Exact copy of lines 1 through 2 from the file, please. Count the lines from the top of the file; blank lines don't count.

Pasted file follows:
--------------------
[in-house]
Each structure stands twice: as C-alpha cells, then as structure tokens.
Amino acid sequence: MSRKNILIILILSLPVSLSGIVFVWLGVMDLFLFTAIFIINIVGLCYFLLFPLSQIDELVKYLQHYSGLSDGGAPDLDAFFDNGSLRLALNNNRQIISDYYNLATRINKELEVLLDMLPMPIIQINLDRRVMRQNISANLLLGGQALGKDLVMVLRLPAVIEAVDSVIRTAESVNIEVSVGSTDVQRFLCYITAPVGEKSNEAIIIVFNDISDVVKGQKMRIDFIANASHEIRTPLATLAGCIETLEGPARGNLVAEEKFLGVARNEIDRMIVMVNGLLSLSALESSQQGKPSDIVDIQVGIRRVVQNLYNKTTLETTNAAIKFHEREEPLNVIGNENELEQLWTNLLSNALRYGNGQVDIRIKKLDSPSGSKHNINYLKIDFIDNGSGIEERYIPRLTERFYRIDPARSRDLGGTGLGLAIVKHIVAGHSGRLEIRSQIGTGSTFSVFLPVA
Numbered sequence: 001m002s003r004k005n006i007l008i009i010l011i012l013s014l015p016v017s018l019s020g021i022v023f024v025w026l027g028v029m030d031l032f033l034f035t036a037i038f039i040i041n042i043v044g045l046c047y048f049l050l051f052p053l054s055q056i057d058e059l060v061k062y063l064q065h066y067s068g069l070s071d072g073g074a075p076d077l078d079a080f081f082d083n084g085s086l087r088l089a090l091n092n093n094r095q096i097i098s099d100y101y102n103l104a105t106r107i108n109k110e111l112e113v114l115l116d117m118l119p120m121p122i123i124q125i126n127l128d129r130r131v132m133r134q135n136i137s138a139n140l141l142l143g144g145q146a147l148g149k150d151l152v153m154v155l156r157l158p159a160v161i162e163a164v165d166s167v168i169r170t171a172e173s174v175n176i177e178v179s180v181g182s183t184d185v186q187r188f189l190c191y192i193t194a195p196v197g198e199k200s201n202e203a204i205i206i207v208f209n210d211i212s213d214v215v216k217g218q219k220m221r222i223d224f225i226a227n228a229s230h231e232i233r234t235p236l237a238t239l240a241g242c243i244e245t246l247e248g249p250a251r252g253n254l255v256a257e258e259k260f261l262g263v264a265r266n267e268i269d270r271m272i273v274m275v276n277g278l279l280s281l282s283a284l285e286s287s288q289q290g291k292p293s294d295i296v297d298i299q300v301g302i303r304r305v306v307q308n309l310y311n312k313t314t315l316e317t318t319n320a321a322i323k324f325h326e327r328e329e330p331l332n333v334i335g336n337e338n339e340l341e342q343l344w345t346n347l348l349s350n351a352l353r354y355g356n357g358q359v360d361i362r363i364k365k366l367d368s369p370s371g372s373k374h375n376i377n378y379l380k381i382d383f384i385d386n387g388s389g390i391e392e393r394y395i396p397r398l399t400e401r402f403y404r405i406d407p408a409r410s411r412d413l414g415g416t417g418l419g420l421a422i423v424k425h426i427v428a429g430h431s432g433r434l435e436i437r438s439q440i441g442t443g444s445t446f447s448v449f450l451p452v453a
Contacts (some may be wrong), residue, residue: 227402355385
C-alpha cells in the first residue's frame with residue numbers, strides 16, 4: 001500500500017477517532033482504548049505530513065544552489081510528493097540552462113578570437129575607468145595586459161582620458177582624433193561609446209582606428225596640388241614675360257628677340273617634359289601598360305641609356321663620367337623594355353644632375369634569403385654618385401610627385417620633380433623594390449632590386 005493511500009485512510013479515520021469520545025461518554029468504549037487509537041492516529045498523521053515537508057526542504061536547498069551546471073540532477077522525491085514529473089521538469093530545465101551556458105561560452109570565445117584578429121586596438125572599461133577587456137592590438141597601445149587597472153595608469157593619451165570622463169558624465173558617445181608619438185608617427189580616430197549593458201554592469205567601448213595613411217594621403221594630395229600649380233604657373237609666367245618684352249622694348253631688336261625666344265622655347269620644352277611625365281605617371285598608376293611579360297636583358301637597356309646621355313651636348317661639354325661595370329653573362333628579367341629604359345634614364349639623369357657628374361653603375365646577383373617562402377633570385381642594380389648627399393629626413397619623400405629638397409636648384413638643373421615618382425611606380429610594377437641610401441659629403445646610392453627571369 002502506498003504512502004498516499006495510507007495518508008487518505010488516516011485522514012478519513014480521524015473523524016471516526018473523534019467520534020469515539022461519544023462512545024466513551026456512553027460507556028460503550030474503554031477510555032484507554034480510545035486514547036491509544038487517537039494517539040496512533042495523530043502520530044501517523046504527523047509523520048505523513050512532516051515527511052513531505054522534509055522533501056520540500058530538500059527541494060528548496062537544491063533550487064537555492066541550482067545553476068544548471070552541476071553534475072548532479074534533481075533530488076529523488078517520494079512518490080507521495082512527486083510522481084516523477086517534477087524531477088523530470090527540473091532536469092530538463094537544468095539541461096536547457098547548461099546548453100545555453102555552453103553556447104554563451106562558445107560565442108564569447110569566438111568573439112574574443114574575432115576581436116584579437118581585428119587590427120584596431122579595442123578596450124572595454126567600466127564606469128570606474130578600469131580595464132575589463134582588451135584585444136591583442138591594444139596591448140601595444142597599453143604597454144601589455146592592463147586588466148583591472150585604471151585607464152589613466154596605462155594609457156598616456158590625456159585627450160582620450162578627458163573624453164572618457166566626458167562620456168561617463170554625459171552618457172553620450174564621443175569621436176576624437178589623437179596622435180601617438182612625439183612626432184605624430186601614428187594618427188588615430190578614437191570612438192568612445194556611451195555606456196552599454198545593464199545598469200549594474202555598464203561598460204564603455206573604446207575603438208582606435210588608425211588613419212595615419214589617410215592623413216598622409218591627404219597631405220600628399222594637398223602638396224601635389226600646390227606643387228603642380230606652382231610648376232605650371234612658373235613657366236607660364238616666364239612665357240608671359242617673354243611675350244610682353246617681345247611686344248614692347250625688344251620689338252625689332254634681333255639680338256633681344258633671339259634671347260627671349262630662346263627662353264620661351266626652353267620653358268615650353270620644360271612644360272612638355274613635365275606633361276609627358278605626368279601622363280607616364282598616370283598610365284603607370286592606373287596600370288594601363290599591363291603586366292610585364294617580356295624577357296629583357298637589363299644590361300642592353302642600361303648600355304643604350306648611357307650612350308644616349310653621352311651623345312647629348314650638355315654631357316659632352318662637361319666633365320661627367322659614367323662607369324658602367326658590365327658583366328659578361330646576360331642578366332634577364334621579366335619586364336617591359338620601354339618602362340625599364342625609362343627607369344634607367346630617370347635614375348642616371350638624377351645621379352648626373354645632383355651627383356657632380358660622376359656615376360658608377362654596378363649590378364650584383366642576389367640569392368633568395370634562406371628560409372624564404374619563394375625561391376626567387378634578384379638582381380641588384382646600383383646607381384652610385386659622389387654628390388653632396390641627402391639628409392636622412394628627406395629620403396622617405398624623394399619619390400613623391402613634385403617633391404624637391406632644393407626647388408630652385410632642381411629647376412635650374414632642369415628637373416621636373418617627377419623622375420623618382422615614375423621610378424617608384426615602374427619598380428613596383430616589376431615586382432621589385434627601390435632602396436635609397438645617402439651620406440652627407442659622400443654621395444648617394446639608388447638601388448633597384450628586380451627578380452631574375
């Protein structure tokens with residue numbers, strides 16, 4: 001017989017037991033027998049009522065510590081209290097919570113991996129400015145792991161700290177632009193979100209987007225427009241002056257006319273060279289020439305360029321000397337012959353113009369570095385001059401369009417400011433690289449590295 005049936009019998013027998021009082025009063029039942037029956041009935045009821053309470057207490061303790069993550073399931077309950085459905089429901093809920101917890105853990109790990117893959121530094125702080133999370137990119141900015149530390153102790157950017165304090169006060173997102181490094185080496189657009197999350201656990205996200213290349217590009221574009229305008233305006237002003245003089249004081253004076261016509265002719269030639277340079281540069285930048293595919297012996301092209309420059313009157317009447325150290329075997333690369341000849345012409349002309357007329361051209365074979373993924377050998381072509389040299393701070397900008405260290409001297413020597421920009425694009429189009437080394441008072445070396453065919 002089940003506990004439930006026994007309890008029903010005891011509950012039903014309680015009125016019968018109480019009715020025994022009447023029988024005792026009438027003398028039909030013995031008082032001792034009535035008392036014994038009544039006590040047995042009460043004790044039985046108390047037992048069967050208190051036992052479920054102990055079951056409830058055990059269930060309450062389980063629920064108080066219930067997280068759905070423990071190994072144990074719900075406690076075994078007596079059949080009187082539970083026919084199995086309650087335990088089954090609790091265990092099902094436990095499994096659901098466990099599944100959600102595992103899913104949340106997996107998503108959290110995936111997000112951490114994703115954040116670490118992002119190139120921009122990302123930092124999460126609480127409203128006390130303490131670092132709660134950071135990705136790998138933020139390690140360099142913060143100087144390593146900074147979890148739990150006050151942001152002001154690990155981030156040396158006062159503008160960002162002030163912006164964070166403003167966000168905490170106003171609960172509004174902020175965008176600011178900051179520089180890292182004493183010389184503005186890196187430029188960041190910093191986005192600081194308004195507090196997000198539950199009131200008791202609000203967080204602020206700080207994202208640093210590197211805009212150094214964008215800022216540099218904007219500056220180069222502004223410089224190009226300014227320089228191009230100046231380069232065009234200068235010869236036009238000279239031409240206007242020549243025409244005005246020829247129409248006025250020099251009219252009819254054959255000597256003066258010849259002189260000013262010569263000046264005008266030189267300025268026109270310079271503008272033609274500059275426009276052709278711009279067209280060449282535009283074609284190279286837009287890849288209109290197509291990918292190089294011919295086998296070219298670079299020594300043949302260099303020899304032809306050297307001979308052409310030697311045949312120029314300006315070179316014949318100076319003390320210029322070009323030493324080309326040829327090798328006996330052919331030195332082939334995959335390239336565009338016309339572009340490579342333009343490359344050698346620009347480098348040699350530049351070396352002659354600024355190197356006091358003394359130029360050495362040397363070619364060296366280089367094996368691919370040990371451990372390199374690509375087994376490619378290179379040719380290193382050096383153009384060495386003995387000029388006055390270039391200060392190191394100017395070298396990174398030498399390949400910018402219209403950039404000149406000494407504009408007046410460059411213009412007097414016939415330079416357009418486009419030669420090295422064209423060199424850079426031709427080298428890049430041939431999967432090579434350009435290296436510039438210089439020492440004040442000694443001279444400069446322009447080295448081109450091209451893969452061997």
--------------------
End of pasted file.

[in-house]
Each structure stands twice: as C-alpha cells, then as structure tokens.